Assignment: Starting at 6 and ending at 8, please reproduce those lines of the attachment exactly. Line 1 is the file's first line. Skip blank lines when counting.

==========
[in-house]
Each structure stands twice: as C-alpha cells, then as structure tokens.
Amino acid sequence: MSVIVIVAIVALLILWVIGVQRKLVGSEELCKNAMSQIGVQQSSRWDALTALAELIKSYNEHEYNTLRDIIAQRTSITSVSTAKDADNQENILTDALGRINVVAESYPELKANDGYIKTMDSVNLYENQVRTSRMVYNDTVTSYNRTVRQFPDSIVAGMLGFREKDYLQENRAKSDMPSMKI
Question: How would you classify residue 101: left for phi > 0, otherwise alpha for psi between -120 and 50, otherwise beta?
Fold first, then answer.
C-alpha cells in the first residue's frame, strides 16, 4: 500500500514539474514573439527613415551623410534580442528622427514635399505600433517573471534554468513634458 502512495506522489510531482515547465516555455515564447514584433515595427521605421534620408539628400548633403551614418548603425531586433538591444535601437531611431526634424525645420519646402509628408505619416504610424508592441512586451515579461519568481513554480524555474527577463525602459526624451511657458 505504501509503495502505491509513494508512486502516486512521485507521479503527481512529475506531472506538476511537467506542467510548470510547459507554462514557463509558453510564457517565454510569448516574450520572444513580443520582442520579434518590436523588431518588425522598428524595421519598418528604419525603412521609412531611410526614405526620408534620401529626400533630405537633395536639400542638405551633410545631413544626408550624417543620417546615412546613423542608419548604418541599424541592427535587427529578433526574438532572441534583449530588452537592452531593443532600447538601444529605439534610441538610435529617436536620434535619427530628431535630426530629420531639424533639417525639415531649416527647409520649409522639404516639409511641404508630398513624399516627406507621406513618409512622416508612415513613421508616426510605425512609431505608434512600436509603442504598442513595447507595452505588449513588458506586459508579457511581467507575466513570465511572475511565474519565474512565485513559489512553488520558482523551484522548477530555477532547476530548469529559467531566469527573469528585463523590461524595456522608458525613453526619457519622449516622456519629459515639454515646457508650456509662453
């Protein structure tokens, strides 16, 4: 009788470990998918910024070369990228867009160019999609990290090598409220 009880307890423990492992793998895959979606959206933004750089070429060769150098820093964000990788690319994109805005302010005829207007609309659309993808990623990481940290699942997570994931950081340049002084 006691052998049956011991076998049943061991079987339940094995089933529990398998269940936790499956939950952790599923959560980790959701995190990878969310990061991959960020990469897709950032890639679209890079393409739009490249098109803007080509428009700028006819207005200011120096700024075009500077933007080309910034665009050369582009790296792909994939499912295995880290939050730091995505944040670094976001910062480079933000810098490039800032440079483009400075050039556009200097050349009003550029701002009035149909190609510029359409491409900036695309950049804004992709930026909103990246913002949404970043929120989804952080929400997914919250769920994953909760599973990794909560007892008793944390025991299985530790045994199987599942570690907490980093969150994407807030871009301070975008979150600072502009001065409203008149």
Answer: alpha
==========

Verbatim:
C-alpha cells in the first residue's frame, strides 16, 4: 500500500514539474514573439527613415551623410534580442528622427514635399505600433517573471534554468513634458 502512495506522489510531482515547465516555455515564447514584433515595427521605421534620408539628400548633403551614418548603425531586433538591444535601437531611431526634424525645420519646402509628408505619416504610424508592441512586451515579461519568481513554480524555474527577463525602459526624451511657458 505504501509503495502505491509513494508512486502516486512521485507521479503527481512529475506531472506538476511537467506542467510548470510547459507554462514557463509558453510564457517565454510569448516574450520572444513580443520582442520579434518590436523588431518588425522598428524595421519598418528604419525603412521609412531611410526614405526620408534620401529626400533630405537633395536639400542638405551633410545631413544626408550624417543620417546615412546613423542608419548604418541599424541592427535587427529578433526574438532572441534583449530588452537592452531593443532600447538601444529605439534610441538610435529617436536620434535619427530628431535630426530629420531639424533639417525639415531649416527647409520649409522639404516639409511641404508630398513624399516627406507621406513618409512622416508612415513613421508616426510605425512609431505608434512600436509603442504598442513595447507595452505588449513588458506586459508579457511581467507575466513570465511572475511565474519565474512565485513559489512553488520558482523551484522548477530555477532547476530548469529559467531566469527573469528585463523590461524595456522608458525613453526619457519622449516622456519629459515639454515646457508650456509662453
């Protein structure tokens, strides 16, 4: 009788470990998918910024070369990228867009160019999609990290090598409220 009880307890423990492992793998895959979606959206933004750089070429060769150098820093964000990788690319994109805005302010005829207007609309659309993808990623990481940290699942997570994931950081340049002084 006691052998049956011991076998049943061991079987339940094995089933529990398998269940936790499956939950952790599923959560980790959701995190990878969310990061991959960020990469897709950032890639679209890079393409739009490249098109803007080509428009700028006819207005200011120096700024075009500077933007080309910034665009050369582009790296792909994939499912295995880290939050730091995505944040670094976001910062480079933000810098490039800032440079483009400075050039556009200097050349009003550029701002009035149909190609510029359409491409900036695309950049804004992709930026909103990246913002949404970043929120989804952080929400997914919250769920994953909760599973990794909560007892008793944390025991299985530790045994199987599942570690907490980093969150994407807030871009301070975008979150600072502009001065409203008149």
Answer: alpha